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A former Apple employee has some interesting theories about the future of Mac, Touch Bar and Touch ID.

Chuq Von Rospach It may not be a household name for you, but it certainly has some influence on products you use (or at least there about) every day after all, it's a former Apple employee now busy writing about various aspects of the tech world and Ma on your personal blog.

Last Saturday, Chuq wrote a very interesting text talking about the Touch bar, the presence of Touch ID on the Mac and the future of these technologies; The repercussion was so great that today the writer published a second article expanding his opinions and even talking about the future of Apple's computers themselves. While his predictions are not entirely in line with what Apple has in mind for the Mac, his questions are a great fuel for reflection and discussion.

Basically, Chuq begins his first text by recounting his experiences when switching from his 13 ? Touch Bar MacBook Pro (mid-2016) to a 5K Retina display iMac. According to the writer, the interactive bar above the keyboard did not miss that much in the most felt transition, for him, was the lack of Touch ID; Still, his absence was mitigated by the ability to unlock the Mac by the proximity of the Apple Watch.

This led Chuq to a question: Why is Touch Bar? If it were a staple item on a Mac, it would certainly be quickly included across the board; The way, available only on specific MacBook Pro models, seems to be just a whim of Apple that will be reasonably ignored by developers, precisely because it is present in such a small number of machines.

A particularly interesting theory:

It seems to me that Apple fell in love with the technology behind the Touch Bar system which, if you see it, is an impressive piece of engineering and hoped that we would all fall in love with it as well. The problem: Apple rarely sells us things based only on legal technologies, Apple sells us based on stories of how this technology will solve our problems; And at the moment, the problems that Touch Bar solves are very few and rare.

Therefore, Chuq theorizes that Apple needs to go one of two ways: expand Touch Bar across the entire line of Macs, increasing its adoption so that it eventually becomes an intrinsic part of the macOS experience; or alternatively acknowledge that the experiment was a failure and give users the option to buy any Mac without the feature after all, he said, is not fair that supporters of the 15 ? MacBook Pro need to spend more than they should just because Apple is not. They are given the option to buy one of these machines without the interactive bar.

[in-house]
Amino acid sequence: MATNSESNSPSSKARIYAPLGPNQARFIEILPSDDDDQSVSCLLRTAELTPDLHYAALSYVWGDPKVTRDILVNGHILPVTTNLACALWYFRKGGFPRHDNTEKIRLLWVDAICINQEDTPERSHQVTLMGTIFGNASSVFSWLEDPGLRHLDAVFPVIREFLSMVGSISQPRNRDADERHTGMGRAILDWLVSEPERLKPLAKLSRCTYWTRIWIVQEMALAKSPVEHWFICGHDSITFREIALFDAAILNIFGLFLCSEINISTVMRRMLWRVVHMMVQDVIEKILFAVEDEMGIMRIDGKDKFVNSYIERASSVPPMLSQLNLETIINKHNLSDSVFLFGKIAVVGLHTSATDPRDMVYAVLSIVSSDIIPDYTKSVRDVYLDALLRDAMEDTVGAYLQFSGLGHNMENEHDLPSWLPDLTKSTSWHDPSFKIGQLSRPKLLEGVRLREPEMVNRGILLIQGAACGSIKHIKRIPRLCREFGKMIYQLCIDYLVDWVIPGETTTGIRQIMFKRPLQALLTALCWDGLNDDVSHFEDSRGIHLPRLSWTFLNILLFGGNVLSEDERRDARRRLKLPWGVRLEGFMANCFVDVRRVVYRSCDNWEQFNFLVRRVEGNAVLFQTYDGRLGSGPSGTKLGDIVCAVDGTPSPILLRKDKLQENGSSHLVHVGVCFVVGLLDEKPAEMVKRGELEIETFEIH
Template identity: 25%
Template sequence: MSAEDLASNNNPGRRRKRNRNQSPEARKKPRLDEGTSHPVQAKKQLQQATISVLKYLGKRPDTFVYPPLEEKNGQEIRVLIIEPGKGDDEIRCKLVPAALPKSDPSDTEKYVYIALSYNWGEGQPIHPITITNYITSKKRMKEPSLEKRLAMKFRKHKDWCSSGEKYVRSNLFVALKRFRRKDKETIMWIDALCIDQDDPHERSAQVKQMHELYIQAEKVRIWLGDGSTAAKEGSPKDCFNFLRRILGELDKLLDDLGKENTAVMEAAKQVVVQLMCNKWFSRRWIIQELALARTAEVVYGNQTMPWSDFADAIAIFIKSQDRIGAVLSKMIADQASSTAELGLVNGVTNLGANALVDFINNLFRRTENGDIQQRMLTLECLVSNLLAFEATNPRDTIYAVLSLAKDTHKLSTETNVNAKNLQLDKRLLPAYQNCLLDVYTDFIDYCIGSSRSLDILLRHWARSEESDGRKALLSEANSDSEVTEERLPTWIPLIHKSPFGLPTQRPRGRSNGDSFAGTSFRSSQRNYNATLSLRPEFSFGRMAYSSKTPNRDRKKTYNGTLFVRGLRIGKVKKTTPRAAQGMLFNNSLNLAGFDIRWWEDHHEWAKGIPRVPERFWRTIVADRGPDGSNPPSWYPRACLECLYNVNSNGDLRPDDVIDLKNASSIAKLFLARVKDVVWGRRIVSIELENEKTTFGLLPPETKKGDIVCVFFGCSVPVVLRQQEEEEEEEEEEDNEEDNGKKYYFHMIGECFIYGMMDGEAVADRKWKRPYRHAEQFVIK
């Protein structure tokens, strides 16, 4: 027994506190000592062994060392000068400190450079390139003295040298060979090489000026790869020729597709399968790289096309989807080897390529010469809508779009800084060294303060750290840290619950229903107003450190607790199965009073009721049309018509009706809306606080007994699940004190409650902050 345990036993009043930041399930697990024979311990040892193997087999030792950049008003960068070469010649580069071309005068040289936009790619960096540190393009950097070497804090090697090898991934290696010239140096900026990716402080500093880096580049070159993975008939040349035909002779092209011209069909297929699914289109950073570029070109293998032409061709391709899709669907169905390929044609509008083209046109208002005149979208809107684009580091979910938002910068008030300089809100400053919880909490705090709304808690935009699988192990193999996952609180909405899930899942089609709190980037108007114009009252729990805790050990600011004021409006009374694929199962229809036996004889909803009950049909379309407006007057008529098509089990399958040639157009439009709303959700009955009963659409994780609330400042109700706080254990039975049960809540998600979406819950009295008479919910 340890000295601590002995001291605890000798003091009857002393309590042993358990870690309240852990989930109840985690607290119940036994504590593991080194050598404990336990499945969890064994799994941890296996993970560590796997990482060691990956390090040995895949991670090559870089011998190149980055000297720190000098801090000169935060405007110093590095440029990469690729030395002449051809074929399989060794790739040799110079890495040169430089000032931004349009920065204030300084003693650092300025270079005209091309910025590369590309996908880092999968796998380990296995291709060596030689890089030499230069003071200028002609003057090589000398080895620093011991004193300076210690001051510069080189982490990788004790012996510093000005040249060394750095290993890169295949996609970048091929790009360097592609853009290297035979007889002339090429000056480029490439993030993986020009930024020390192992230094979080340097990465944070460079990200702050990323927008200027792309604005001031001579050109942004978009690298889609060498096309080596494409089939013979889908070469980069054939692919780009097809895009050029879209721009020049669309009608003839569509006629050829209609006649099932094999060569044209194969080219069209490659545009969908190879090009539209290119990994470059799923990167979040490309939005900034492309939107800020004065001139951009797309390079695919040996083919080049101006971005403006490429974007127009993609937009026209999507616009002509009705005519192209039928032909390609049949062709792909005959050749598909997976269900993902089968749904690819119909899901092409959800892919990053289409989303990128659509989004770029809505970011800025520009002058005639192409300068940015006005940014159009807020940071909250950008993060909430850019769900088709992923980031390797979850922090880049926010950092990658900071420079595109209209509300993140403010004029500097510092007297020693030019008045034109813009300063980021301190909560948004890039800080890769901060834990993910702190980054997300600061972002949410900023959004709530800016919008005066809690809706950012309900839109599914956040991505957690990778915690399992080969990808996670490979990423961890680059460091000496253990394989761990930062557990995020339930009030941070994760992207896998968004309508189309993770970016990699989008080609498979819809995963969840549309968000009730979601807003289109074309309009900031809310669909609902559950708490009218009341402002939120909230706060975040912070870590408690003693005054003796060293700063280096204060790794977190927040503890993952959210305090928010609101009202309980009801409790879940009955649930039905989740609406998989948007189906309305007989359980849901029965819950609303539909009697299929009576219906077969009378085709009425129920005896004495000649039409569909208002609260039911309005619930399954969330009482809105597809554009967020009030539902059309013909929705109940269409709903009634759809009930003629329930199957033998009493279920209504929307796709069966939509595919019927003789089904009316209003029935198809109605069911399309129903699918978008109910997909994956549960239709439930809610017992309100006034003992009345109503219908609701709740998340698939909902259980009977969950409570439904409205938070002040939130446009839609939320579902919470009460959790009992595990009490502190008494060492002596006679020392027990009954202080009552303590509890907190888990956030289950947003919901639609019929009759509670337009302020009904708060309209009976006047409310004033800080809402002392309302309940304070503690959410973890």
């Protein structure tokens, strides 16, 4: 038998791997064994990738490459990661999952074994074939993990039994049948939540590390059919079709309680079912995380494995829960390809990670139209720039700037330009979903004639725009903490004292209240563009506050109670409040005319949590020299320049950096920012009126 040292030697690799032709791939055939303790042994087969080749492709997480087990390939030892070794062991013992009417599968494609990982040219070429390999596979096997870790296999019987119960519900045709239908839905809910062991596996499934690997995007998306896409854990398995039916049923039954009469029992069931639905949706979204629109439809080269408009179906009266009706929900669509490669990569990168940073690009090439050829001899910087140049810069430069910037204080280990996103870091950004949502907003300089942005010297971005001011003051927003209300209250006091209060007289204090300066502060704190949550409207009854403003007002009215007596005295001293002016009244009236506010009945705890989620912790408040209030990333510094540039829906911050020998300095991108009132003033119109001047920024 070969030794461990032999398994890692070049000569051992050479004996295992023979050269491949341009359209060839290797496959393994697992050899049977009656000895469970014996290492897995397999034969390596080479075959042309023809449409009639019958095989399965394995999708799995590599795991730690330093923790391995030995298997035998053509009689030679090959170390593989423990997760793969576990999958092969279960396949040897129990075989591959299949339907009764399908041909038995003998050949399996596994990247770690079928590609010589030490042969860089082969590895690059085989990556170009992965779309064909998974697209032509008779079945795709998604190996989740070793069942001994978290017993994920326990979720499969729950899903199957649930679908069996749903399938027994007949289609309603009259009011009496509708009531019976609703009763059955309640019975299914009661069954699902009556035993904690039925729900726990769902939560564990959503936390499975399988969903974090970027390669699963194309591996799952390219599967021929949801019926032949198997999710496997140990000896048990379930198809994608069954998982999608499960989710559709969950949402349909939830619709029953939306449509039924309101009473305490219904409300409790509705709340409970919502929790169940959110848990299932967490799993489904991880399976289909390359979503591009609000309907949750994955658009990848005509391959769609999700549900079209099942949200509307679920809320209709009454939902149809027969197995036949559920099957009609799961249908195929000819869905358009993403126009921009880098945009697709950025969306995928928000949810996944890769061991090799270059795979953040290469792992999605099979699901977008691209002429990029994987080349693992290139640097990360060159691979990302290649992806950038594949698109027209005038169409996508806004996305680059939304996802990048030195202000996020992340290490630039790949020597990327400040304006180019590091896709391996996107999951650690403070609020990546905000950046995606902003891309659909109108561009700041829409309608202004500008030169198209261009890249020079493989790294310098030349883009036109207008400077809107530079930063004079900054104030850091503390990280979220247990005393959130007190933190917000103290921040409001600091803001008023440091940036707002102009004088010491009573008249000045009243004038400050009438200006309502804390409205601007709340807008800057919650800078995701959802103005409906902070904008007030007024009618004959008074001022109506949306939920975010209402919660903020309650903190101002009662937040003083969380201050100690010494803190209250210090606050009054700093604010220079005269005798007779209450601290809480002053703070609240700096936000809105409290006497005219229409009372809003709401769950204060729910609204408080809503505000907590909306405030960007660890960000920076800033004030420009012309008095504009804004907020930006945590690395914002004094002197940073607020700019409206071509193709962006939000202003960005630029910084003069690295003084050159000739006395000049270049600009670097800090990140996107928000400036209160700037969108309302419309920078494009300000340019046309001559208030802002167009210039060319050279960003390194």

In the second text, published today, Chuq expands his opinions especially to the Touch ID side. As is well known, Ma's fingerprint sensor is part of a highly complex system called Secure Enclave, which even has its own processor for user safety. Because of this, the operation of creating a Touch Bar / Touch ID wireless keyboard would involve an extra, possibly complicated, engineering step after all, this wireless connection between the keyboard and the Mac would have to have enhanced security to handle the information. user biometrics.

Chuq, however, thinks the prospect of an unrealistic Touch ID keyboard is that the fingerprint technology itself will not survive long at Apple. He argues for the rumored (and, frankly, practically confirmed) 3D face recognition system that equips the next iPhone: according to the writer, Touch ID is simply a ?transitional? technology that Ma adopted while not having its own. facial reading system in the cracks and that eventually all the company's products will be endowed with this new feature.

On Macs, specifically, it would be much easier to deploy, and could be located at the edges of the screen instead of the keyboard. This would eliminate the need for a Secure Enclave wireless keyboard and the entire Mac security system would be in the body of the device, freeing the Touch Bar from this burden and making it more flexible. So, according to Chuq, in the end, it's just a case of Apple waiting for its true biometric technology to reach the world before it can expand its use of the Touch Bar.

As he himself states:

I still think Touch Bar has a lot of good points, but it needs to be available across the line of Macs for developers to invest in and make it what it can be. But if Apple launched a Touch Bar and Touch ID keyboard, and a year later replaced it with infrared sensors and a new Touch Bar but no Touch ID keyboard, it would confuse users, complicate their own lives and that of developers, that would be supporting a transitional technology for a year.

Personally, I find Chuq's points quite convincing. And you, what do you think?

via MacRumors